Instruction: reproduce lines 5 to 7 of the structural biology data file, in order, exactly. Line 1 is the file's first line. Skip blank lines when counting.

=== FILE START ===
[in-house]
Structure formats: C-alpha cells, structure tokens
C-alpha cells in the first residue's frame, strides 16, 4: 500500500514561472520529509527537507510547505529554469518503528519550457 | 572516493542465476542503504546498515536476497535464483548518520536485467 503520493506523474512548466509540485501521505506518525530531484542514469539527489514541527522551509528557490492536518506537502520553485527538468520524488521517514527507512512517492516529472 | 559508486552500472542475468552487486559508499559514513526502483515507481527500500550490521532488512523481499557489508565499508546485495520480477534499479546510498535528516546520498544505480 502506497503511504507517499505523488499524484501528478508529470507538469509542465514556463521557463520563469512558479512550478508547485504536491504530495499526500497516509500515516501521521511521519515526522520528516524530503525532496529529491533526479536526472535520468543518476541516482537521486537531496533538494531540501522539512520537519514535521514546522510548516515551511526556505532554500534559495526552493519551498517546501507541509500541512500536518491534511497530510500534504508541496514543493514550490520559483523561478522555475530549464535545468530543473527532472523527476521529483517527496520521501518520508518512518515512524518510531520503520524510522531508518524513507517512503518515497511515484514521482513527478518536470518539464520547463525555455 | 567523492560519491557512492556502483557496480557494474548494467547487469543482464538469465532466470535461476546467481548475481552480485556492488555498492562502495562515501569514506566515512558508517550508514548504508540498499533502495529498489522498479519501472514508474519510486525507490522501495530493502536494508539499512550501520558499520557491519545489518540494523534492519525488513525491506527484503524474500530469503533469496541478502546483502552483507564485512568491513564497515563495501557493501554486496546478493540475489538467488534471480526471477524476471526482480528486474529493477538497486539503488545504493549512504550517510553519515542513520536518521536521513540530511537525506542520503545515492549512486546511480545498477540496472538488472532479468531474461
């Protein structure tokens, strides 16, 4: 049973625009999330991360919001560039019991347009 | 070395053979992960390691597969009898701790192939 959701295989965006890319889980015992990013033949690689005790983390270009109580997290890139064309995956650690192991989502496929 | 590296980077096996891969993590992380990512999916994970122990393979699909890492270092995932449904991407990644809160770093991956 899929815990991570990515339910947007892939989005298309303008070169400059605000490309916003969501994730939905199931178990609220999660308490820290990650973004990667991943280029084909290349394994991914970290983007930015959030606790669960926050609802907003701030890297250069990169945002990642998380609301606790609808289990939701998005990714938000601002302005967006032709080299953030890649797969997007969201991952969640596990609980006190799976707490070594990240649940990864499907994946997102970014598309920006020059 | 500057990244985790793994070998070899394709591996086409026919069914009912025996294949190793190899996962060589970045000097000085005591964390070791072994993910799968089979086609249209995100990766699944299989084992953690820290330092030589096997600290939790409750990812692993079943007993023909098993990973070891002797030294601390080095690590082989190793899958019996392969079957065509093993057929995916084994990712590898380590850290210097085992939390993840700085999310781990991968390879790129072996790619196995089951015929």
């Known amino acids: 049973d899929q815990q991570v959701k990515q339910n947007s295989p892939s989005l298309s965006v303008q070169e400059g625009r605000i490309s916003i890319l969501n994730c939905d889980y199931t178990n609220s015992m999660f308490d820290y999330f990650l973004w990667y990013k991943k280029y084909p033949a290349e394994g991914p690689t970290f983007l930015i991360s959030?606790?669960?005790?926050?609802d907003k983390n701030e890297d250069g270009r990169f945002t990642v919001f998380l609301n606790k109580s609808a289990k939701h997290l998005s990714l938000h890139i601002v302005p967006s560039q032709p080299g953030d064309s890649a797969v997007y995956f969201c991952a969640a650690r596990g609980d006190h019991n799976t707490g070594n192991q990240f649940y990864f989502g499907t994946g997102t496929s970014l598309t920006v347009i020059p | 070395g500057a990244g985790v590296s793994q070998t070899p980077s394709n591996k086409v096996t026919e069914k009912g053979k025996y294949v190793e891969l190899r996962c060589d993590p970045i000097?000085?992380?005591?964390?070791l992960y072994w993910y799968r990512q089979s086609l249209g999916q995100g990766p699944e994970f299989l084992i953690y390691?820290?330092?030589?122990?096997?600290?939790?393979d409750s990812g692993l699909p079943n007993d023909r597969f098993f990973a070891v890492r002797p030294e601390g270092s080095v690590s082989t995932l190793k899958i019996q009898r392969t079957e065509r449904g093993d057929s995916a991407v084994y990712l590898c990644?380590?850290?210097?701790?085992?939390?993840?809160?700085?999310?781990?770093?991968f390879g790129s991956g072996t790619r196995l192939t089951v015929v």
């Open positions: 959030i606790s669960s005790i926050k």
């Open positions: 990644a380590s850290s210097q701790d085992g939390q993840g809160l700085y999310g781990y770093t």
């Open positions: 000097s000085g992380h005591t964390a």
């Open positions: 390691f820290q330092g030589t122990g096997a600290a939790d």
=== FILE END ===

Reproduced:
């Known amino acids: 049973d899929q815990q991570v959701k990515q339910n947007s295989p892939s989005l298309s965006v303008q070169e400059g625009r605000i490309s916003i890319l969501n994730c939905d889980y199931t178990n609220s015992m999660f308490d820290y999330f990650l973004w990667y990013k991943k280029y084909p033949a290349e394994g991914p690689t970290f983007l930015i991360s959030?606790?669960?005790?926050?609802d907003k983390n701030e890297d250069g270009r990169f945002t990642v919001f998380l609301n606790k109580s609808a289990k939701h997290l998005s990714l938000h890139i601002v302005p967006s560039q032709p080299g953030d064309s890649a797969v997007y995956f969201c991952a969640a650690r596990g609980d006190h019991n799976t707490g070594n192991q990240f649940y990864f989502g499907t994946g997102t496929s970014l598309t920006v347009i020059p | 070395g500057a990244g985790v590296s793994q070998t070899p980077s394709n591996k086409v096996t026919e069914k009912g053979k025996y294949v190793e891969l190899r996962c060589d993590p970045i000097?000085?992380?005591?964390?070791l992960y072994w993910y799968r990512q089979s086609l249209g999916q995100g990766p699944e994970f299989l084992i953690y390691?820290?330092?030589?122990?096997?600290?939790?393979d409750s990812g692993l699909p079943n007993d023909r597969f098993f990973a070891v890492r002797p030294e601390g270092s080095v690590s082989t995932l190793k899958i019996q009898r392969t079957e065509r449904g093993d057929s995916a991407v084994y990712l590898c990644?380590?850290?210097?701790?085992?939390?993840?809160?700085?999310?781990?770093?991968f390879g790129s991956g072996t790619r196995l192939t089951v015929v």
């Open positions: 959030i606790s669960s005790i926050k």
């Open positions: 990644a380590s850290s210097q701790d085992g939390q993840g809160l700085y999310g781990y770093t």